Q: So what is the role of the A35 workstation in your C.diff. research?

A: The model we are using to test novel therapies designed to combat this disease depends strongly on the A35: we grow the C. difficile culture by streaking the frozen cultures onto appropriate media, incubate them in the A35 chamber at 0% oxygen, and then harvest the vegetative cells and treat them to form spores, which we store. The spores are then introduced into the animals, the animals are treated with a broad-spectrum agent, they develop the disease, and we try different forms of therapy. The end-points in terms of efficacy are increased survival, as well as the amount of C. difficile that can be found in the fecal pellets of the hamsters, or in the contents of the cecum. We process the fecal pellets or a cecal sample and plate it, then we place those plates inside the chamber to incubate for about 48 hours. An animal that might have the disease could have 6 logs of C. difficile in their gut, whereas one that has seen successful treatment, such as with vancomycin, the gold standard right now, might be reduced from 6 logs to 2 logs or even less. All that incubation is being done inside the A35.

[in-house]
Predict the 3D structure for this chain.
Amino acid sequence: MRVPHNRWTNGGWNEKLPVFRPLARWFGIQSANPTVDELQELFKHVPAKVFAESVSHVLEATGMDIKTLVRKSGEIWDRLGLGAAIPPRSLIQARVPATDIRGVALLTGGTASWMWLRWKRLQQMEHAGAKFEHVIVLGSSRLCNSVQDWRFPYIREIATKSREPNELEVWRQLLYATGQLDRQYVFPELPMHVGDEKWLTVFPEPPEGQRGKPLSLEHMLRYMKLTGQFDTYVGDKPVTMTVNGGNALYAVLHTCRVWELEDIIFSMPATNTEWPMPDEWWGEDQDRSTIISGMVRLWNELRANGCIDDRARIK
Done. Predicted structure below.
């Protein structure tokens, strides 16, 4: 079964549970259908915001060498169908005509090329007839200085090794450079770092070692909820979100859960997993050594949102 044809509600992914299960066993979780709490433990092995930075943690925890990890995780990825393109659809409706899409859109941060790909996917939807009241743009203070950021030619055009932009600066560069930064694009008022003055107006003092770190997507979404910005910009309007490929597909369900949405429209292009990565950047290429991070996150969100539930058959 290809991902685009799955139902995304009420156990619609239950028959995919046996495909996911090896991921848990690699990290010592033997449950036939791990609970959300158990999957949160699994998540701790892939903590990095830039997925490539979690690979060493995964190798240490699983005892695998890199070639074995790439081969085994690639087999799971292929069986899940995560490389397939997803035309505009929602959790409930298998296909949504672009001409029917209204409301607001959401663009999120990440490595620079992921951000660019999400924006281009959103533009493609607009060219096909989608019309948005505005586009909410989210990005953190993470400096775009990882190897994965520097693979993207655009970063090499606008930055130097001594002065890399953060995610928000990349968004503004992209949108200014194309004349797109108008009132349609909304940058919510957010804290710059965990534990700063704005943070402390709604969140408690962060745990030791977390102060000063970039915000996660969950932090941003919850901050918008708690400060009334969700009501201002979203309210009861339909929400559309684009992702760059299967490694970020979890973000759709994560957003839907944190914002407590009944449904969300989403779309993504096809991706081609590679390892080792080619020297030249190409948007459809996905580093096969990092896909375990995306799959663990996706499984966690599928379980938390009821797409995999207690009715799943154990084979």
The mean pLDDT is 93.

Q: The A35 isn’t your only workstation though, tell us about that.

A: With C. difficile being a larger problem than it used to be, we are seeing a real uptick in the number of companies interested in it, thus explaining our need for the A35 workstation. The C. difficile in the environment is very hardy, because it can form spores, but in order to count the spores, they have to germinate into the vegetative state, and that’s what you need the workstation for. Prior to the A35, we had the smaller DG250 model, and at the time, when we were just working with some bacteroides, not a lot, it sufficed. But when we started working with C. difficile, the amount of studies and the type of studies we did really expanded. So at that time, we contacted Microbiology International since we needed a larger workstation in order to accommodate all those studies. The A35 is now our second Whitley workstation, but we are still using the DG250, too. We’ve converted the DG250 to a microaerophilic environment, because we do Helicobacter pylori work in there. It’s a facultative anaerobe, so when we need to grow up plates or process samples, we use that smaller workstation with a 5% oxygen mix.

Read the full interview here

Read more about Dr Weiss’ work here